SAN ANTONIO — The Master Wellness Volunteer program for Travis County is looking for additional volunteers to participate in its community health and wellness outreach efforts, coordinators said.
“The Master Wellness Volunteer program is an initiative of the Texas A&M AgriLife Extension Service,” said Sonia Coyle, the agency’s county family and consumer sciences educator for Travis County. “It provides volunteers with 40 hours of training in health, wellness and nutrition education, and in return, volunteers agree to give back 40 hours in wellness-related community service.”
Master Wellness Volunteers are required to attend five classes to reach the minimum 40 hours of training, she noted.
“The training will address physical activity, nutrition, food safety and food demonstrations, child health, AgriLife Extension wellness programs and more,” Coyle said.
She said opportunities for volunteers are diverse and no previous health or wellness training is required to become a Master Wellness Volunteer.
“The only requirement is an interest in living healthfully and helping instruct others on how to do the same. Our current volunteers include retirees, teachers, students, community leaders, homemakers and other civic-minded individuals.”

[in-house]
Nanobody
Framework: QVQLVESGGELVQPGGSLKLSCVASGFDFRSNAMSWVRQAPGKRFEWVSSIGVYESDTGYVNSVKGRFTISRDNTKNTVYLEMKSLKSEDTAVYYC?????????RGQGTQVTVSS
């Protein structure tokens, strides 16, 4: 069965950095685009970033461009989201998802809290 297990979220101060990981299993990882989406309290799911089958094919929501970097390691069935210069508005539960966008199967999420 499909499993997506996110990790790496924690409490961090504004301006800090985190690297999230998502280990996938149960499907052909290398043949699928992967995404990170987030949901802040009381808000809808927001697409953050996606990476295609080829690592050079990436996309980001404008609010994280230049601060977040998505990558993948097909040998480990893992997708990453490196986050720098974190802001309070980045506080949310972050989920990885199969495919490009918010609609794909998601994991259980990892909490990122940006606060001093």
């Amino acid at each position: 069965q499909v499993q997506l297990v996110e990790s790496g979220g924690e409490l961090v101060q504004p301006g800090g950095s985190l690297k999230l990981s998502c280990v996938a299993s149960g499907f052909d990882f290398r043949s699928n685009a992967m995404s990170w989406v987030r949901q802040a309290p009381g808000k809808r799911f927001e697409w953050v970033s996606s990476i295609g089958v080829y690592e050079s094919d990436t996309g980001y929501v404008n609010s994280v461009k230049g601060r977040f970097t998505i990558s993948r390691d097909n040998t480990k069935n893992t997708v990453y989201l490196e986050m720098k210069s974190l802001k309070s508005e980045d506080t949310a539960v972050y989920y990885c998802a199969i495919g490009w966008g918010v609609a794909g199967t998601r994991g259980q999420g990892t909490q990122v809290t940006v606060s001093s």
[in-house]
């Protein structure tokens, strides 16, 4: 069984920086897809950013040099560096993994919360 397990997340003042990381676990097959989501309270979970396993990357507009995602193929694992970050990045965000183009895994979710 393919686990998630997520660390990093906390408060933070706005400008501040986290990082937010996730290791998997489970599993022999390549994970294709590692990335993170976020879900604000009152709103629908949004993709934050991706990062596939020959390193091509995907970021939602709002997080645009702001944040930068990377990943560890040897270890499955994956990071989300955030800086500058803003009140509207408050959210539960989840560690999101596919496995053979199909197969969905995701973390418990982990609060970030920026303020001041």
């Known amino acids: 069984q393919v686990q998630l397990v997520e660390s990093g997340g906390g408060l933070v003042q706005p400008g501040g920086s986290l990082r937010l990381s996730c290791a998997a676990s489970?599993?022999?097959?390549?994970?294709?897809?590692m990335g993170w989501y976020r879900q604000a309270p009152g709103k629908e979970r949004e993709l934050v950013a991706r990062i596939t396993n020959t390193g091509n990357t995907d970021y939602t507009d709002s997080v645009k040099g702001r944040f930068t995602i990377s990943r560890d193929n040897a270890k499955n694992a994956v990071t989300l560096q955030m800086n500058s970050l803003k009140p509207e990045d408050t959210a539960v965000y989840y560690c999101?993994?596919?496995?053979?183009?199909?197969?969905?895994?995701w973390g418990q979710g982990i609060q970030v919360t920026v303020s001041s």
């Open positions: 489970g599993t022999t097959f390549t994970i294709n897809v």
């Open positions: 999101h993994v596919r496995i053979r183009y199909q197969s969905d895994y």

Coyle said volunteer activities can include providing nutrition and wellness instruction in small community venues, such as churches, schools, community centers and businesses.
“For example, volunteers can help with AgriLife Extension fitness initiatives and conduct healthy recipe demonstrations,” she said.
Coyle said while volunteer opportunities are coordinated through the AgriLife Extension office, volunteers are also welcome to use their training at their own selected community site or within their own organization
“Our next training will be held on five consecutive Mondays from late January to late February,” Coyle said.
She said specific times for the training will be from 9 a.m.-3 p.m. Jan. 27 and Feb. 3, 10, 17 and 24.
The training is $35 to cover the cost of instruction and materials. Each participant receives a binder with copies of all training presentations.
“Being a Master Wellness Volunteer doesn’t necessarily mean you have to get up in front of people and teach a class,” Coyle noted. “It can also mean helping with administrative tasks, data entry or designing newsletters or flyers. There is something for everyone.”
Wellness is about the health of mind, body and spirit, she said.
“The Master Wellness Volunteer program helps to promote the overall wellness of the community through teaching people about proper nutrition, being healthy and having a positive attitude,” Coyle said.
To register as a Travis County Master Wellness Volunteer, go to https://agriliferegister.tamu.edu. The deadline for registration is Jan. 13.